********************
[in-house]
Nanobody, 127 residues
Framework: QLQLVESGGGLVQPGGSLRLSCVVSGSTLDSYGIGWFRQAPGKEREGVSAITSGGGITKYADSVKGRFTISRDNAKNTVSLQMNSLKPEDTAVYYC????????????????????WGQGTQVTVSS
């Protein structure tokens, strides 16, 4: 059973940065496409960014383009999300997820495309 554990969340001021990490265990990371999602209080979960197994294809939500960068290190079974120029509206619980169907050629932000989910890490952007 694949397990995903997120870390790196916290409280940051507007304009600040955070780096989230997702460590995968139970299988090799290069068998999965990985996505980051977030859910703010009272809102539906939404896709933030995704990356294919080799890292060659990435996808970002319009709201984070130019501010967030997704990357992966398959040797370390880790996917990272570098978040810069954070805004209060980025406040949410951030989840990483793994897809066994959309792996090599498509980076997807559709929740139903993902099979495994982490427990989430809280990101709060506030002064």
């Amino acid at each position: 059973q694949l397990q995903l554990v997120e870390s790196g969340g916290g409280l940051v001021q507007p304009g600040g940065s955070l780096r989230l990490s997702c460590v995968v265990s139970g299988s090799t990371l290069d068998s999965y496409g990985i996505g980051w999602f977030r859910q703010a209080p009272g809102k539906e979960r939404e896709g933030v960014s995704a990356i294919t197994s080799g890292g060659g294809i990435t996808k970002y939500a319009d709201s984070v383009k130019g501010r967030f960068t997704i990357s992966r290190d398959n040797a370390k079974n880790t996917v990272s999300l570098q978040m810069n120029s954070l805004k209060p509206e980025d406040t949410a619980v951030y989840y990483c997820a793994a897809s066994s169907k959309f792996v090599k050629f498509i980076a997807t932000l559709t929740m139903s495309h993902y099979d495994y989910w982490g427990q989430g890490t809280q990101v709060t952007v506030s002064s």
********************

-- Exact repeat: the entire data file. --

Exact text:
[in-house]
Nanobody, 127 residues
Framework: QLQLVESGGGLVQPGGSLRLSCVVSGSTLDSYGIGWFRQAPGKEREGVSAITSGGGITKYADSVKGRFTISRDNAKNTVSLQMNSLKPEDTAVYYC????????????????????WGQGTQVTVSS
């Protein structure tokens, strides 16, 4: 059973940065496409960014383009999300997820495309 554990969340001021990490265990990371999602209080979960197994294809939500960068290190079974120029509206619980169907050629932000989910890490952007 694949397990995903997120870390790196916290409280940051507007304009600040955070780096989230997702460590995968139970299988090799290069068998999965990985996505980051977030859910703010009272809102539906939404896709933030995704990356294919080799890292060659990435996808970002319009709201984070130019501010967030997704990357992966398959040797370390880790996917990272570098978040810069954070805004209060980025406040949410951030989840990483793994897809066994959309792996090599498509980076997807559709929740139903993902099979495994982490427990989430809280990101709060506030002064």
């Amino acid at each position: 059973q694949l397990q995903l554990v997120e870390s790196g969340g916290g409280l940051v001021q507007p304009g600040g940065s955070l780096r989230l990490s997702c460590v995968v265990s139970g299988s090799t990371l290069d068998s999965y496409g990985i996505g980051w999602f977030r859910q703010a209080p009272g809102k539906e979960r939404e896709g933030v960014s995704a990356i294919t197994s080799g890292g060659g294809i990435t996808k970002y939500a319009d709201s984070v383009k130019g501010r967030f960068t997704i990357s992966r290190d398959n040797a370390k079974n880790t996917v990272s999300l570098q978040m810069n120029s954070l805004k209060p509206e980025d406040t949410a619980v951030y989840y990483c997820a793994a897809s066994s169907k959309f792996v090599k050629f498509i980076a997807t932000l559709t929740m139903s495309h993902y099979d495994y989910w982490g427990q989430g890490t809280q990101v709060t952007v506030s002064s």